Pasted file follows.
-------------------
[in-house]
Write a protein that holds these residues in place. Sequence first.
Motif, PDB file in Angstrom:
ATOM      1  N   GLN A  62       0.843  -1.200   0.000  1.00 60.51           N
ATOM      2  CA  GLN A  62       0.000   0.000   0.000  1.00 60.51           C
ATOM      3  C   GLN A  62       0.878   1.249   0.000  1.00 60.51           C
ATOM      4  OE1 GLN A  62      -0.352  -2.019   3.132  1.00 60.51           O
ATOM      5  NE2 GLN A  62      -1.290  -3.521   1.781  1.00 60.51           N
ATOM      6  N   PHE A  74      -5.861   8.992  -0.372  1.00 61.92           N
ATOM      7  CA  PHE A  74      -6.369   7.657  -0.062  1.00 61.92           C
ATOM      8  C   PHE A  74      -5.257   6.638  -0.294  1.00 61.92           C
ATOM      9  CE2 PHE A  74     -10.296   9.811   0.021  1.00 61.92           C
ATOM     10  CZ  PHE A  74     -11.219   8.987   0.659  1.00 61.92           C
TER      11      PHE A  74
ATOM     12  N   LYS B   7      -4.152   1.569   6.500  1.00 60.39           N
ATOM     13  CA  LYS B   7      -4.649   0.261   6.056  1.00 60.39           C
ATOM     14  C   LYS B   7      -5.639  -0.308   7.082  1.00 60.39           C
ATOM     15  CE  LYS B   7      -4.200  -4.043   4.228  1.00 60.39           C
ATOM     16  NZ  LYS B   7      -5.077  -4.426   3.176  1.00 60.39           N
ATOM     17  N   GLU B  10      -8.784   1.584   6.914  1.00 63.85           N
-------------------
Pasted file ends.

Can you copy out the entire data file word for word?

[in-house]
Write a protein that holds these residues in place. Sequence first.
Motif, PDB file in Angstrom:
ATOM      1  N   GLN A  62       0.843  -1.200   0.000  1.00 60.51           N
ATOM      2  CA  GLN A  62       0.000   0.000   0.000  1.00 60.51           C
ATOM      3  C   GLN A  62       0.878   1.249   0.000  1.00 60.51           C
ATOM      4  OE1 GLN A  62      -0.352  -2.019   3.132  1.00 60.51           O
ATOM      5  NE2 GLN A  62      -1.290  -3.521   1.781  1.00 60.51           N
ATOM      6  N   PHE A  74      -5.861   8.992  -0.372  1.00 61.92           N
ATOM      7  CA  PHE A  74      -6.369   7.657  -0.062  1.00 61.92           C
ATOM      8  C   PHE A  74      -5.257   6.638  -0.294  1.00 61.92           C
ATOM      9  CE2 PHE A  74     -10.296   9.811   0.021  1.00 61.92           C
ATOM     10  CZ  PHE A  74     -11.219   8.987   0.659  1.00 61.92           C
TER      11      PHE A  74
ATOM     12  N   LYS B   7      -4.152   1.569   6.500  1.00 60.39           N
ATOM     13  CA  LYS B   7      -4.649   0.261   6.056  1.00 60.39           C
ATOM     14  C   LYS B   7      -5.639  -0.308   7.082  1.00 60.39           C
ATOM     15  CE  LYS B   7      -4.200  -4.043   4.228  1.00 60.39           C
ATOM     16  NZ  LYS B   7      -5.077  -4.426   3.176  1.00 60.39           N
ATOM     17  N   GLU B  10      -8.784   1.584   6.914  1.00 63.85           N